Pulitzer Prize-winning journalist Saul Friedman ( bio ) writes the weekly Gray Matters column which appears here each Saturday. Links to past Gray Matters columns can be found here . Saul's Reflections column , in which he comments on news, politics and social issues from his perspective as one of the younger members of the greatest generation, also appears at Time Goes By twice each month.
Welcome to Older Americans Month, the theme of which, according to President Obama, is “Age Strong, Live Long.” I’ll buy that. And he pledged again that his administration is committed to strengthening Medicare, Medicaid and Social Security.
So why is he scaring the hell out of older Americans by appointing a commission filled with deficit hawks who threaten to cut benefits from these programs, including Social Security which adds nothing to the deficit but helps finance it?
But I digress from my purpose this time, which is to tell you that there’s a way, not used often enough, to protect yourself against too many medical bills, high property taxes and the downers in your retirement savings plans. I am referring to the federal government’s reverse mortgages which too many beleaguered older Americans have ignored. Some don’t want to mortgage a home that’s free and clear; some are discouraged from tapping the equity in their homes by children who are waiting for their inheritance.
So here’s some welcome news for older Americans who own their homes and can use some extra income and cash. The up-front costs for many FHA-guaranteed reverse mortgages have gone down, which means the possible proceeds will go up by as much as $10,000.
I’m referring to the most popular and safest reverse mortgage, the Home Equity Conversion Mortgage, fondly known as the HECM. It is the safest for the lender as well as the homeowner-borrower because it is backed, insured by the Federal Housing Administration which has never defaulted on a mortgage that it has guaranteed.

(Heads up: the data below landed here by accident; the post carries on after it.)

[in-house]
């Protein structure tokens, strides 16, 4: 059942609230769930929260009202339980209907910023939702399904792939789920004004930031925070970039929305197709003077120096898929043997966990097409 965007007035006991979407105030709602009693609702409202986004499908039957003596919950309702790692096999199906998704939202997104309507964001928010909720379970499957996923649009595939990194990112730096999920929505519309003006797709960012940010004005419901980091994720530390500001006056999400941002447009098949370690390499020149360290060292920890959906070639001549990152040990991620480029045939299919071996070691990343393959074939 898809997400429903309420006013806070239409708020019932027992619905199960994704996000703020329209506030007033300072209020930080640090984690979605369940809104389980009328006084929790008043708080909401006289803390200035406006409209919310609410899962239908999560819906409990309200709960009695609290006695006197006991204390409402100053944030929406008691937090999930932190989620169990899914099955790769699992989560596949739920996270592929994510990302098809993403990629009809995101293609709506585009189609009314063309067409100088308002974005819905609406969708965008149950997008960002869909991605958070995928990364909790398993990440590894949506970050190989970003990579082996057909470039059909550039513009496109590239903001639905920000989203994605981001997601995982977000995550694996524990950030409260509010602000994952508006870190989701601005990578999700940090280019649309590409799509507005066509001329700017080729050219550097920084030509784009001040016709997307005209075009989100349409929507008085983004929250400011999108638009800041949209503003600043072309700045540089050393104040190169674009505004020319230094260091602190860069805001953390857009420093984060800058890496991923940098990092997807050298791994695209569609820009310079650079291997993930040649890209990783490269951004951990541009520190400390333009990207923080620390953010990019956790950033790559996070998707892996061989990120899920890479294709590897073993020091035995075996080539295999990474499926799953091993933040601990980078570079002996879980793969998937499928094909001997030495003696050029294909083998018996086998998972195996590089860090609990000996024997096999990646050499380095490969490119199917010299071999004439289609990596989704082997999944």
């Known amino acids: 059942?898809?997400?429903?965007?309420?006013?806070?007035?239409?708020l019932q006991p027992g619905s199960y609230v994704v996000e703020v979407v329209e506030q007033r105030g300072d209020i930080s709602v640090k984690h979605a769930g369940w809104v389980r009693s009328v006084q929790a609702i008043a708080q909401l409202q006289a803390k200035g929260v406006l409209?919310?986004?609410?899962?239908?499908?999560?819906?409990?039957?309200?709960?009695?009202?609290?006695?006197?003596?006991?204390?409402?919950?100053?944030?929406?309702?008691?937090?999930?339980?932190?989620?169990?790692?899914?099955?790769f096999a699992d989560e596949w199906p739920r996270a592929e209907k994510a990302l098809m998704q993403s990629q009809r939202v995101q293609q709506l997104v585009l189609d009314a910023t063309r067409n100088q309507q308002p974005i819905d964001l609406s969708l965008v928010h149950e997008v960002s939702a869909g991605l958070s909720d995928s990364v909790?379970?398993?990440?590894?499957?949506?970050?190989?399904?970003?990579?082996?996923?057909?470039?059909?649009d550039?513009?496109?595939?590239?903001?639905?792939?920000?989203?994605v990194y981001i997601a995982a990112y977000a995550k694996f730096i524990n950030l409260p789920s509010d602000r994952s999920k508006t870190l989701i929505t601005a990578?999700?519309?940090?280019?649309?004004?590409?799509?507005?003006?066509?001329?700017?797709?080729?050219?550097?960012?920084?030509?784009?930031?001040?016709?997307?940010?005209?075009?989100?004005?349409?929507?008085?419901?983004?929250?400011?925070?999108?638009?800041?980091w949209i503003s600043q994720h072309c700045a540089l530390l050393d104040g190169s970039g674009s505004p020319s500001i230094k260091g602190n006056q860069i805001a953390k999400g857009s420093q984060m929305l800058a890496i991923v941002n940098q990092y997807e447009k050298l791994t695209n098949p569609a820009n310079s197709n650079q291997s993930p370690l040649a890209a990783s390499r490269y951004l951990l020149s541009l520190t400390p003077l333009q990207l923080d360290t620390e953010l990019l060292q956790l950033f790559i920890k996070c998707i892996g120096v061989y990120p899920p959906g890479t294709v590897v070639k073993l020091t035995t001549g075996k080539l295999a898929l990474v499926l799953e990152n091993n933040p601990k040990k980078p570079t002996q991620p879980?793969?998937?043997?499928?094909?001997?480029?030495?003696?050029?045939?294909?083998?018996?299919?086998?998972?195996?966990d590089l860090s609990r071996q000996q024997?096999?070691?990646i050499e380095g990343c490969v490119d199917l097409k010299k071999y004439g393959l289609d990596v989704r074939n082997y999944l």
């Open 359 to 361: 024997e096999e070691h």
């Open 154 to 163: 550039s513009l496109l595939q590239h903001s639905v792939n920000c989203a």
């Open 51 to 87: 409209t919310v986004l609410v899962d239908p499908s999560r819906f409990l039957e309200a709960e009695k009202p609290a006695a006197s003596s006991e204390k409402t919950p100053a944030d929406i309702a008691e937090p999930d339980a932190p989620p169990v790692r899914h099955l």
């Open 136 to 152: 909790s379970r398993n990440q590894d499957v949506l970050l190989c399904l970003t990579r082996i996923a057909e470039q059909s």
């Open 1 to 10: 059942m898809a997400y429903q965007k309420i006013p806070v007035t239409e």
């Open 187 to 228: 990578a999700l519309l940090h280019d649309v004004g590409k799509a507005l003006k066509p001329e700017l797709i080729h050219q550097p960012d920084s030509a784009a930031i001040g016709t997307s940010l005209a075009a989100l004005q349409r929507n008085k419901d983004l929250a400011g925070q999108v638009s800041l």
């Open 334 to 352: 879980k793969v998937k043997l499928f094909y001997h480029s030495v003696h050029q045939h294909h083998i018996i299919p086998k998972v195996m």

Indeed, of all the mortgages that have fallen on hard times, or have been the subject of scandalous behavior by bankers and investors, the HECM has been largely untouched by these troubles. Last year, the Department of Housing and Urban Development raised to $625,000 the value of a home that could qualify for a HECM.
But because of falling home values, the recession and its budget problems, HUD cut by ten percent the amount one could borrow on a reverse mortgage. As a result, HECMs have experienced a slump.
As The New York Times pointed out last month, “Consumers were becoming increasingly reluctant to sign up for reverse mortgages – homeowners could not pull out as much equity as they once could because of the drop in home values.”
As a consequence, the largest HECM lenders – Bank of America, Wells Fargo, Metlife Bank and my lender, Financial Freedom, have waived their origination and servicing fees on certain HECMs. The origination fee is usually two percent of the first $200,000 of the home value plus one percent of the value over that, with a maximum of $6,000. Normally those fees are deducted from the proceeds and tacked onto the end of the loan.
But as a result of the waiver, Metlife said, “homeowners could receive additional loan proceeds ranging from $3,500 to $10,000 or more.” The single condition is that borrowers must take the proceeds in a lumps sum rather than in periodic payments or a line of credit, which costs the lender more to service. If they choose payments or a line of credit, the fees are not waived.
Craig Corn, Metlife’s vice-president in charge of its reverse mortgager business, explained that the option to take a lump sum in exchange for a waiver of the fees can give home owners “additional proceeds to help them pay off existing debts, meet basic needs, cover unexpected expenses...or whatever else they feel is appropriate.”